mcbio (ARQL) – I am not sure what the right strategy would be when we approach that time point. Personally I am more excited about the earlier programs than tivantinib.

    Dave (XNPT) – I still think that a BG12-like agent has a lot of value even if it ends up as a niche product with several ~$200M sales. Two things bother me here:
    1 – The landscape has changed with at least two additional programs in mid/advanced stage testing (ALKS, FWP). Biogen also has a follow on program.
    2 – Even if XNPT’s psoriasis trial generates positive data, there will always be concerns about lack of clear POC in MS.
    At the time I thought they should be acquired by one of the MS players (Teva, Merck Serono, even NVS). I still hold this belief and will consider adding later in the year.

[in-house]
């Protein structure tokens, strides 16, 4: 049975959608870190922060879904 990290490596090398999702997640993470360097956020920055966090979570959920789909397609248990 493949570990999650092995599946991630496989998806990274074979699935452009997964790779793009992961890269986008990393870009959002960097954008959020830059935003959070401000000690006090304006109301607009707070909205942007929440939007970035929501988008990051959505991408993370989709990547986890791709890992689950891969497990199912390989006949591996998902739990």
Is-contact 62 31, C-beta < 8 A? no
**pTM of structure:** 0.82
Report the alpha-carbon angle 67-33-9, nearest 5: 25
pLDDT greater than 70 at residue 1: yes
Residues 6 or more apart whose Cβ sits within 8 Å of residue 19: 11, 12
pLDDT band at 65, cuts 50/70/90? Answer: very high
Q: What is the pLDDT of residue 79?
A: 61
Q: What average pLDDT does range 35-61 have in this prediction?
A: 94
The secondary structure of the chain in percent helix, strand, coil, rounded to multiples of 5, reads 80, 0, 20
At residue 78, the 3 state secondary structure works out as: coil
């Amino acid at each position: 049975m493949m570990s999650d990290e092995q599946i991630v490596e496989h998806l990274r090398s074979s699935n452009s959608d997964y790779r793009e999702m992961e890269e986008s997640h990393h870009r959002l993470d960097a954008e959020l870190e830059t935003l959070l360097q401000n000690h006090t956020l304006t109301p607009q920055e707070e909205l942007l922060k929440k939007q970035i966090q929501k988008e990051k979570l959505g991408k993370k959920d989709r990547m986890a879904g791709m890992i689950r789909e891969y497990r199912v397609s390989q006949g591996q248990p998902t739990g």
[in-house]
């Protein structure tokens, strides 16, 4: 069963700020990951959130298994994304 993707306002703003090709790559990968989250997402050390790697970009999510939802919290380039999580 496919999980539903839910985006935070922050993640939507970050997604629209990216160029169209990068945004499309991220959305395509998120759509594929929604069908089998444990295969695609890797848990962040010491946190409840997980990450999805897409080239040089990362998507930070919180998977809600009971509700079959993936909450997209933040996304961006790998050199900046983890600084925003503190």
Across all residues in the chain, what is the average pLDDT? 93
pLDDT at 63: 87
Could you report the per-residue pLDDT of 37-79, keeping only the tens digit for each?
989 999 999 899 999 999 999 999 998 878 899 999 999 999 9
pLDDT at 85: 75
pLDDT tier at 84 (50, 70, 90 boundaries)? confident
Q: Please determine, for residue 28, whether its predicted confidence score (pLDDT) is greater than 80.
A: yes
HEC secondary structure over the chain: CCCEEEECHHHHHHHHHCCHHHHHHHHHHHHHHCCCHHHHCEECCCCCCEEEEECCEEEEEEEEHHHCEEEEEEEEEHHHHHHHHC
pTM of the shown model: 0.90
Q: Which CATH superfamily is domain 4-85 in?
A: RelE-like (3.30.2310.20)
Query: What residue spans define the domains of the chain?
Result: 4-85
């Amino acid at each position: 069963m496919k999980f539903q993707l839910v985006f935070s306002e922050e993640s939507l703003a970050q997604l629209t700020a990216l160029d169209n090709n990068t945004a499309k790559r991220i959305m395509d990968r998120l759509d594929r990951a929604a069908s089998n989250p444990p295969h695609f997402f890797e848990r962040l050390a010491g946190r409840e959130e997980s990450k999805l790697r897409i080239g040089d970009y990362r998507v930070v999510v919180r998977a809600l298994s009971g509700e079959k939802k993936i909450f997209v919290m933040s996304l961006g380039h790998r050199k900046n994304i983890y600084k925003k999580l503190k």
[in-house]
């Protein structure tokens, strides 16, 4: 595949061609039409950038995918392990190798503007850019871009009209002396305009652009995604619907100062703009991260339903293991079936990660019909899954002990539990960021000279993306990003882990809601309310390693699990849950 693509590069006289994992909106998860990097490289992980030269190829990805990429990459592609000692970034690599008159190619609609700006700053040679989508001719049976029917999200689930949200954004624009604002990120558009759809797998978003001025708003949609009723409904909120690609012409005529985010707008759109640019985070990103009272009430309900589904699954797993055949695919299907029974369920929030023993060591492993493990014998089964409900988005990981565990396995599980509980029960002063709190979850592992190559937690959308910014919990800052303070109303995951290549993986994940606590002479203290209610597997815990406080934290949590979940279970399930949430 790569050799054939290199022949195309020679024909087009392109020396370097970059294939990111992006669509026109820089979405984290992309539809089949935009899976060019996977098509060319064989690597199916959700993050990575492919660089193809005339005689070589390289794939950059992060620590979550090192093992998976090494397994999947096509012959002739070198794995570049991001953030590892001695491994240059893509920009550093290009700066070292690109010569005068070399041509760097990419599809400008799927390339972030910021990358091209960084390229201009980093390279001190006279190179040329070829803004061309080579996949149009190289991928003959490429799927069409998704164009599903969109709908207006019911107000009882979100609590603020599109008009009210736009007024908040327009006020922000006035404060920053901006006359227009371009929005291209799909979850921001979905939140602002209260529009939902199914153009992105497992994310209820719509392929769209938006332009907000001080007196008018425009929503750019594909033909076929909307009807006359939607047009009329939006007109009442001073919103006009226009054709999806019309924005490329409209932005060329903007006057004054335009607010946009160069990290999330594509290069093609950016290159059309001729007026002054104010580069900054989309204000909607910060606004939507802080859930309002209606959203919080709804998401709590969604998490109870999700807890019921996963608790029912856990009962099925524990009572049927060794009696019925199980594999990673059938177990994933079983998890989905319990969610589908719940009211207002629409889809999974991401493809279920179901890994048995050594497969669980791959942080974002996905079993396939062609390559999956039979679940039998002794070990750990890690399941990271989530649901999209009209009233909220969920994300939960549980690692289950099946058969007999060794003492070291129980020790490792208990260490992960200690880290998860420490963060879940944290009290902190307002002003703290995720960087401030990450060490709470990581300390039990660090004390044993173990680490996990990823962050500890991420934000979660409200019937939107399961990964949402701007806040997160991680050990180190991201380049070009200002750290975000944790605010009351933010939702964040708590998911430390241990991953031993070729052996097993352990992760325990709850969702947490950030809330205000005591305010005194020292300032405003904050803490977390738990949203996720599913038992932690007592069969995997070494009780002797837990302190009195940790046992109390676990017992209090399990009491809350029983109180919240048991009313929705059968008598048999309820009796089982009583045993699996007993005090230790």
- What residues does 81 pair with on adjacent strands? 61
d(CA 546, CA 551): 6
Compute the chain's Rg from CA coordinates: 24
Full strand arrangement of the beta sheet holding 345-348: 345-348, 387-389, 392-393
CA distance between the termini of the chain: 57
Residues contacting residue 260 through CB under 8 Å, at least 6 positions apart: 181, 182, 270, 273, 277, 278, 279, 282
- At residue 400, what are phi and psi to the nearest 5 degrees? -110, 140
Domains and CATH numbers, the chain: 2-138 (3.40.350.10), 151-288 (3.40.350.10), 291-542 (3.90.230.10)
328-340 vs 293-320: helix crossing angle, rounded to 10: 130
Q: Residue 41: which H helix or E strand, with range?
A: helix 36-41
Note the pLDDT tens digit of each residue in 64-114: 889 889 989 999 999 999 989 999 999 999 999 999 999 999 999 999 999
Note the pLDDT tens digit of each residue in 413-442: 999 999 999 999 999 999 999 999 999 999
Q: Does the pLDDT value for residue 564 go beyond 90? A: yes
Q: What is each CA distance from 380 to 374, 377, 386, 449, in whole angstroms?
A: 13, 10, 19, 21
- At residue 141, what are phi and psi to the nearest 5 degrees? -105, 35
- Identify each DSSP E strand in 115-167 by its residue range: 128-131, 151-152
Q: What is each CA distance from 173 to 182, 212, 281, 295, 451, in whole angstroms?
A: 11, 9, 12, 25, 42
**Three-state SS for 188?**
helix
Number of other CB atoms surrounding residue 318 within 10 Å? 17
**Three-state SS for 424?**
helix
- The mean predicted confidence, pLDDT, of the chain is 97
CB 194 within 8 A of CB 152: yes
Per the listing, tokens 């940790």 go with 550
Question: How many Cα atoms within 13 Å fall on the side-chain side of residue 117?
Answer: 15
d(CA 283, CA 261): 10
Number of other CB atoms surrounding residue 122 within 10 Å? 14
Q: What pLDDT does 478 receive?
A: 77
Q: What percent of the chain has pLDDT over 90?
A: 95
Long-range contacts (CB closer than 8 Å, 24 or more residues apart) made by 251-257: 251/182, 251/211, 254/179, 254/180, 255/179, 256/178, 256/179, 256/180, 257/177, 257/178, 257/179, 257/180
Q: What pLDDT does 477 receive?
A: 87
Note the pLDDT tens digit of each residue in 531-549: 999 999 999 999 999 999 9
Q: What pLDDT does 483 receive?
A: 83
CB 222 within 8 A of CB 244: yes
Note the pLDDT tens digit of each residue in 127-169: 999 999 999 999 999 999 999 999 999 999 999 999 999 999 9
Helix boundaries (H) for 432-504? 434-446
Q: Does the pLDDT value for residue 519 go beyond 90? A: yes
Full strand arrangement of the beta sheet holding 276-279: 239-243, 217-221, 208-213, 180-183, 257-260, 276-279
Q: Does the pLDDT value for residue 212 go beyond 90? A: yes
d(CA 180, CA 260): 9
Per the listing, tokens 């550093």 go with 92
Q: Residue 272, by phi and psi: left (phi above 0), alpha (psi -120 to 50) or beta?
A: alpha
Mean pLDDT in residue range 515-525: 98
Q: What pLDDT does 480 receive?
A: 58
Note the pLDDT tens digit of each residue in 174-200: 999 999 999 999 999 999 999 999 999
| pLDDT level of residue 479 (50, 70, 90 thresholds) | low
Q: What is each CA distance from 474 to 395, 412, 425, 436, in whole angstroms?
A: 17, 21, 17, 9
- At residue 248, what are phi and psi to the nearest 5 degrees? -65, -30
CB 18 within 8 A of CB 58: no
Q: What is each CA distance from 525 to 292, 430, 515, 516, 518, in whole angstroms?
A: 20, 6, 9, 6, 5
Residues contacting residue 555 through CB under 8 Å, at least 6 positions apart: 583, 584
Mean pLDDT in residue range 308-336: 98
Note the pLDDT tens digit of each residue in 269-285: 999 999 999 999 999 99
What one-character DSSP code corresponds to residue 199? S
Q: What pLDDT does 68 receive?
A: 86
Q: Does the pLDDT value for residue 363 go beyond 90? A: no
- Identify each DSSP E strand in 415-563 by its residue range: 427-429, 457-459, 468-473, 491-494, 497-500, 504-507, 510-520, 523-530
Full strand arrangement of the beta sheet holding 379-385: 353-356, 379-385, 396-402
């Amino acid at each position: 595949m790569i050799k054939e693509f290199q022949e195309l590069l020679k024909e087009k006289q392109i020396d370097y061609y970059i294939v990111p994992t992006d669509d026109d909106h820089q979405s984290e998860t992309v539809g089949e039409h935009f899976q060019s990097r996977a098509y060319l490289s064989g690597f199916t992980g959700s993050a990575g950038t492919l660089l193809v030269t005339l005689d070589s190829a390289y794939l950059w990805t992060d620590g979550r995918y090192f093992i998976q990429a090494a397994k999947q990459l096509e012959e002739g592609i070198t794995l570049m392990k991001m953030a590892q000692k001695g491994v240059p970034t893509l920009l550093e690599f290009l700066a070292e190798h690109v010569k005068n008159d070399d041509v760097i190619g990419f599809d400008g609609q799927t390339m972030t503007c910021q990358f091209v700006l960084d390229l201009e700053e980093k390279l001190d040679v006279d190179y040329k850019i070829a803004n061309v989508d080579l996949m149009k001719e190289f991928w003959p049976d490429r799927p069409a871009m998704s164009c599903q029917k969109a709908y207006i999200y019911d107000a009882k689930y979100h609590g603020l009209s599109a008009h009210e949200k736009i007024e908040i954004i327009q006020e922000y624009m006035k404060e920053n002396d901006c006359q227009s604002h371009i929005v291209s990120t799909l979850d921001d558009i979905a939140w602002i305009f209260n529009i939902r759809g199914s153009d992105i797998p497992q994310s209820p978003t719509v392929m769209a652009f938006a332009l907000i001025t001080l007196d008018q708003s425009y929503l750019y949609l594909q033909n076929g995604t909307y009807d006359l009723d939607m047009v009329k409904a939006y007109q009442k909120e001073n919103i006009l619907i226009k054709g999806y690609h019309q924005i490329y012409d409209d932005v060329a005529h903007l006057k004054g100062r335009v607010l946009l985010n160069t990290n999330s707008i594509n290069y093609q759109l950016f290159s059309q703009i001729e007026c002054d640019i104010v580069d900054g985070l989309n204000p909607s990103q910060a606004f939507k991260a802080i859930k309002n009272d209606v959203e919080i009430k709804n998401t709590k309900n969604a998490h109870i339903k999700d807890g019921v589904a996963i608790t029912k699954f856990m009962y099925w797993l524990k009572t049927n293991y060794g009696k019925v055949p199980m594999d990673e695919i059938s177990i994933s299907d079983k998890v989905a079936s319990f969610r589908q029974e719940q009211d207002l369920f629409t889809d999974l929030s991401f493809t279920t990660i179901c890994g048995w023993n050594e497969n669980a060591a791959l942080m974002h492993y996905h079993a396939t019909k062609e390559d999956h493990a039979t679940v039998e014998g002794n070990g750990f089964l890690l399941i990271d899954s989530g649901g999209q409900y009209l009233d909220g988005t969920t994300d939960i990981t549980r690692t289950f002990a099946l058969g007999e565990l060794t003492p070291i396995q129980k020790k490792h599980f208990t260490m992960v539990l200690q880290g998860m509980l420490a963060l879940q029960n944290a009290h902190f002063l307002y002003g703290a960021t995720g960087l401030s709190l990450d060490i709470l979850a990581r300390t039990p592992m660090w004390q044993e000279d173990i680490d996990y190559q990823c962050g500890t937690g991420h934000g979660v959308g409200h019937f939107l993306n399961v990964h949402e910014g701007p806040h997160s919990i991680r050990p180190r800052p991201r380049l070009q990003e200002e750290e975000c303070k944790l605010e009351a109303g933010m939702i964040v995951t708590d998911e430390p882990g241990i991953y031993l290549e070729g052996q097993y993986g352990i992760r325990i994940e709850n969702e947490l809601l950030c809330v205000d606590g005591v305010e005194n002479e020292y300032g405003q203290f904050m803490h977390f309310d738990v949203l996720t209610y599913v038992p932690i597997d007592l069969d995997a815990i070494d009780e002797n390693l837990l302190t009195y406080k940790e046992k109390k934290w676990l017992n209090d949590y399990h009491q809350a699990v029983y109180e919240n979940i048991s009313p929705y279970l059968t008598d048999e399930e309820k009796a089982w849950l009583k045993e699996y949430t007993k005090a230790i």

Ohad

  27. Hey Ohad
    thanks for the reply.
    have you monitored HTBX? They had a couple positive news (and the recent shelf offering), in particular the preclinical data which shows achievement (with one therapeutic) of co-secretion of gp96-lg and OX40L-Ig, which in turn activate CD8+ T-cells.
    Thanks
    Dan

  28. Ohad

    Looks like Mrns will trade slightly lower tomorrow on 4th qtr financials and business update.not sure if you have had a chance to review,if so has anything changed from what you had expected?would seem to be a buy on any sell off
    tomorrow

  29. hi Ohad

    I dont know whether you have ever looked at weight loss market. OREX seems to me the best choice of co with recently launched drugs, and valuation does not seem out of control at first sight.

    any opinion on OREX and weight loss pills market, respectively?

    thanks!

  30. Alex/Milos (MRNS) – Agree, they appear to be a very lean organization relatively to the amount of clinical trials they are running.